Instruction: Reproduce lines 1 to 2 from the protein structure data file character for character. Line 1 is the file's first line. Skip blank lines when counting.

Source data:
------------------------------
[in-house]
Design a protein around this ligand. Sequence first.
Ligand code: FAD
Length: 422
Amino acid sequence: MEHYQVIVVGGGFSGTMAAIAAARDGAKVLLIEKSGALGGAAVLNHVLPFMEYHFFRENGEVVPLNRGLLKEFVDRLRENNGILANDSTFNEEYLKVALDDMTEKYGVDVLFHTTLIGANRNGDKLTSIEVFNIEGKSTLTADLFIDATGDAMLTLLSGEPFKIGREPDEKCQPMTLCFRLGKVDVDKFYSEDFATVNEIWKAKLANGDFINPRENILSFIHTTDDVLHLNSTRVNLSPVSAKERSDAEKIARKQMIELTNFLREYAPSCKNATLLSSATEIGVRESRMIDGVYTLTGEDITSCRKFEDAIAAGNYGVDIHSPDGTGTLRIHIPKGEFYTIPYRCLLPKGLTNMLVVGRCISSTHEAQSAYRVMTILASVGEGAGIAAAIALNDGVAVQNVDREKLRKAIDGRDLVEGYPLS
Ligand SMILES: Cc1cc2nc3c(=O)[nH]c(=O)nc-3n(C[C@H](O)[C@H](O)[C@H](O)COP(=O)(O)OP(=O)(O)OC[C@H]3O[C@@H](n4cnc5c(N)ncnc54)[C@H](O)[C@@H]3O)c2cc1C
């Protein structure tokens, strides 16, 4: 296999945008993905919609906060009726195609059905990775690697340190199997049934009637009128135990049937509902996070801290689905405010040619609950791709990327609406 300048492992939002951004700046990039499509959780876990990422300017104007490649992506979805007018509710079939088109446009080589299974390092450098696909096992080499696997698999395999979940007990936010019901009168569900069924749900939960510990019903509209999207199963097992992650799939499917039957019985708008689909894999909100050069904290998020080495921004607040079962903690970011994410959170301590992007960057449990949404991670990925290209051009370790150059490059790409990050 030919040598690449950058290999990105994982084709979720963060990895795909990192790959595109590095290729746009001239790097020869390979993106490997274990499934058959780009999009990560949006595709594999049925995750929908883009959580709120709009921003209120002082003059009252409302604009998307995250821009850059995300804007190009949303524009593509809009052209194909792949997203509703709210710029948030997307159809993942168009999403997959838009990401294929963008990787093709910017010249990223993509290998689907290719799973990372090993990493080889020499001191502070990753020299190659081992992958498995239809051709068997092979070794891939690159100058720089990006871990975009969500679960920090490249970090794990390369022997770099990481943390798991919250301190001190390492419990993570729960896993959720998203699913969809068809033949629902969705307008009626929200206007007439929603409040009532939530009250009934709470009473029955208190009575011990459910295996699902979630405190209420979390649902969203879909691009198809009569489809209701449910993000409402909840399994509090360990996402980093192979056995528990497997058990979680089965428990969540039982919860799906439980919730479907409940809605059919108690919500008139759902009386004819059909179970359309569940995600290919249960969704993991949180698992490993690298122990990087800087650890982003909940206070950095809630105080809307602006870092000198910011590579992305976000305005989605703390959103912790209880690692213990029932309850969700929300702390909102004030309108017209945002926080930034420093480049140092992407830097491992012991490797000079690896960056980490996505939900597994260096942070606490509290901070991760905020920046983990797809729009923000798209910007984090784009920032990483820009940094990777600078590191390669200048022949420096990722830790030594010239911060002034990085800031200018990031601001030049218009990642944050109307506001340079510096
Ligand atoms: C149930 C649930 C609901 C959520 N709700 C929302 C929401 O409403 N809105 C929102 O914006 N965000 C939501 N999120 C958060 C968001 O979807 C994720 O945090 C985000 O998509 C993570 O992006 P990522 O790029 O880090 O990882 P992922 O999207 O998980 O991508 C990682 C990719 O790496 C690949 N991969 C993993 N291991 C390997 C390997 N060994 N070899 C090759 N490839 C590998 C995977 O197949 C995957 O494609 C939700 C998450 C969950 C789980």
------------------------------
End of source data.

[in-house]
Design a protein around this ligand. Sequence first.